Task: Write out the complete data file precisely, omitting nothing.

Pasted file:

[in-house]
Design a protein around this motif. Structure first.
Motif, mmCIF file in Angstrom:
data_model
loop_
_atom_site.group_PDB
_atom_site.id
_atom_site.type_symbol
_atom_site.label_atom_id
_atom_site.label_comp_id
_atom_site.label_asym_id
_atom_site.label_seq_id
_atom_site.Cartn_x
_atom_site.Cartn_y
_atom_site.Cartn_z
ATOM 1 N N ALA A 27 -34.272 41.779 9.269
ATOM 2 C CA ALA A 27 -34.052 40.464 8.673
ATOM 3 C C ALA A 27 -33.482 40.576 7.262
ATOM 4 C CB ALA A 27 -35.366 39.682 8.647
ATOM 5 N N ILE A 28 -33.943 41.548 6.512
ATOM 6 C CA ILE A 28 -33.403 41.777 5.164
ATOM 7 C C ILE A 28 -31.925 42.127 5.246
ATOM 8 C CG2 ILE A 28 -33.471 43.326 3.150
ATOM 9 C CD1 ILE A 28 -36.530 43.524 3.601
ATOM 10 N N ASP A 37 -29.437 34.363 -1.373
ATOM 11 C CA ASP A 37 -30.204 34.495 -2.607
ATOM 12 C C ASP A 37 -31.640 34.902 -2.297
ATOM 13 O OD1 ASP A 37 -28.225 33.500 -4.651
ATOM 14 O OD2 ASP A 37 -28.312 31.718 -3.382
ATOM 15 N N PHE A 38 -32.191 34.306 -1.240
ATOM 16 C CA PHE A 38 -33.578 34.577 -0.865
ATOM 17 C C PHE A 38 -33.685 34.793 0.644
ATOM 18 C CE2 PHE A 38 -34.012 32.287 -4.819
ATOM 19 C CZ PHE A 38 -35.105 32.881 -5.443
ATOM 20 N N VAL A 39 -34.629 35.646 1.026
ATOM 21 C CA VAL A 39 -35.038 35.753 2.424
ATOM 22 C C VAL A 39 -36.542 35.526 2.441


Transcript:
[in-house]
Design a protein around this motif. Structure first.
Motif, mmCIF file in Angstrom:
data_model
loop_
_atom_site.group_PDB
_atom_site.id
_atom_site.type_symbol
_atom_site.label_atom_id
_atom_site.label_comp_id
_atom_site.label_asym_id
_atom_site.label_seq_id
_atom_site.Cartn_x
_atom_site.Cartn_y
_atom_site.Cartn_z
ATOM 1 N N ALA A 27 -34.272 41.779 9.269
ATOM 2 C CA ALA A 27 -34.052 40.464 8.673
ATOM 3 C C ALA A 27 -33.482 40.576 7.262
ATOM 4 C CB ALA A 27 -35.366 39.682 8.647
ATOM 5 N N ILE A 28 -33.943 41.548 6.512
ATOM 6 C CA ILE A 28 -33.403 41.777 5.164
ATOM 7 C C ILE A 28 -31.925 42.127 5.246
ATOM 8 C CG2 ILE A 28 -33.471 43.326 3.150
ATOM 9 C CD1 ILE A 28 -36.530 43.524 3.601
ATOM 10 N N ASP A 37 -29.437 34.363 -1.373
ATOM 11 C CA ASP A 37 -30.204 34.495 -2.607
ATOM 12 C C ASP A 37 -31.640 34.902 -2.297
ATOM 13 O OD1 ASP A 37 -28.225 33.500 -4.651
ATOM 14 O OD2 ASP A 37 -28.312 31.718 -3.382
ATOM 15 N N PHE A 38 -32.191 34.306 -1.240
ATOM 16 C CA PHE A 38 -33.578 34.577 -0.865
ATOM 17 C C PHE A 38 -33.685 34.793 0.644
ATOM 18 C CE2 PHE A 38 -34.012 32.287 -4.819
ATOM 19 C CZ PHE A 38 -35.105 32.881 -5.443
ATOM 20 N N VAL A 39 -34.629 35.646 1.026
ATOM 21 C CA VAL A 39 -35.038 35.753 2.424
ATOM 22 C C VAL A 39 -36.542 35.526 2.441